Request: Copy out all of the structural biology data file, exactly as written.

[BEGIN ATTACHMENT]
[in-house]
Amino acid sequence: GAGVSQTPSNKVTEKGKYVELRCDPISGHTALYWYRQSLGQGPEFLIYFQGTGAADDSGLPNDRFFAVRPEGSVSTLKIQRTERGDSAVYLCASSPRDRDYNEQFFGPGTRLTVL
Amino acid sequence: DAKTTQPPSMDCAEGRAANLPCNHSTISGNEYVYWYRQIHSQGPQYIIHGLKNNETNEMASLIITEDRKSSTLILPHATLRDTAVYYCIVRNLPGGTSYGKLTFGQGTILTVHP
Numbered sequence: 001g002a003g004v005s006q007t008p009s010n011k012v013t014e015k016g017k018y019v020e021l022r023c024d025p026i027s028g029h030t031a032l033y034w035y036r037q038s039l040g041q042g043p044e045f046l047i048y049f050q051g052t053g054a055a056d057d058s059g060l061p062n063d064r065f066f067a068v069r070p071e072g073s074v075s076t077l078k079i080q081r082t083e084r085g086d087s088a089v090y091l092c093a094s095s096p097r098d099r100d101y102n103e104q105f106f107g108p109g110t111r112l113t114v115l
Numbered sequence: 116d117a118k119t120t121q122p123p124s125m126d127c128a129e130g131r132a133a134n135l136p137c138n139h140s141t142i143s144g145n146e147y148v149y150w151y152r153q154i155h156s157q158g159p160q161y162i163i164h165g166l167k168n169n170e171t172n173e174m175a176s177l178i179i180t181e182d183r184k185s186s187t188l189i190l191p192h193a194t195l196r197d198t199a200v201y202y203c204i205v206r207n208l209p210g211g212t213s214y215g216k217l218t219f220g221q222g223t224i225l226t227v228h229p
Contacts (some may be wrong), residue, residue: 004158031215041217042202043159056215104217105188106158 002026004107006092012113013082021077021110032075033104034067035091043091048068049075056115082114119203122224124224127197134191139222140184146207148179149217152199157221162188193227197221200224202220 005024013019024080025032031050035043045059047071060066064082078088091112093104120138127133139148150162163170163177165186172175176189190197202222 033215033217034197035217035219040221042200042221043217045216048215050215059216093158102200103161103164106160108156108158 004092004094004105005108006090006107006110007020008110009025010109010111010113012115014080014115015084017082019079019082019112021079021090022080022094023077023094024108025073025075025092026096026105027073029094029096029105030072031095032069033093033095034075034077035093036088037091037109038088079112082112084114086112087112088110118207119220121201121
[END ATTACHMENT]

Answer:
[in-house]
Amino acid sequence: GAGVSQTPSNKVTEKGKYVELRCDPISGHTALYWYRQSLGQGPEFLIYFQGTGAADDSGLPNDRFFAVRPEGSVSTLKIQRTERGDSAVYLCASSPRDRDYNEQFFGPGTRLTVL
Amino acid sequence: DAKTTQPPSMDCAEGRAANLPCNHSTISGNEYVYWYRQIHSQGPQYIIHGLKNNETNEMASLIITEDRKSSTLILPHATLRDTAVYYCIVRNLPGGTSYGKLTFGQGTILTVHP
Numbered sequence: 001g002a003g004v005s006q007t008p009s010n011k012v013t014e015k016g017k018y019v020e021l022r023c024d025p026i027s028g029h030t031a032l033y034w035y036r037q038s039l040g041q042g043p044e045f046l047i048y049f050q051g052t053g054a055a056d057d058s059g060l061p062n063d064r065f066f067a068v069r070p071e072g073s074v075s076t077l078k079i080q081r082t083e084r085g086d087s088a089v090y091l092c093a094s095s096p097r098d099r100d101y102n103e104q105f106f107g108p109g110t111r112l113t114v115l
Numbered sequence: 116d117a118k119t120t121q122p123p124s125m126d127c128a129e130g131r132a133a134n135l136p137c138n139h140s141t142i143s144g145n146e147y148v149y150w151y152r153q154i155h156s157q158g159p160q161y162i163i164h165g166l167k168n169n170e171t172n173e174m175a176s177l178i179i180t181e182d183r184k185s186s187t188l189i190l191p192h193a194t195l196r197d198t199a200v201y202y203c204i205v206r207n208l209p210g211g212t213s214y215g216k217l218t219f220g221q222g223t224i225l226t227v228h229p
Contacts (some may be wrong), residue, residue: 004158031215041217042202043159056215104217105188106158 002026004107006092012113013082021077021110032075033104034067035091043091048068049075056115082114119203122224124224127197134191139222140184146207148179149217152199157221162188193227197221200224202220 005024013019024080025032031050035043045059047071060066064082078088091112093104120138127133139148150162163170163177165186172175176189190197202222 033215033217034197035217035219040221042200042221043217045216048215050215059216093158102200103161103164106160108156108158 004092004094004105005108006090006107006110007020008110009025010109010111010113012115014080014115015084017082019079019082019112021079021090022080022094023077023094024108025073025075025092026096026105027073029094029096029105030072031095032069033093033095034075034077035093036088037091037109038088079112082112084114086112087112088110118207119220121201121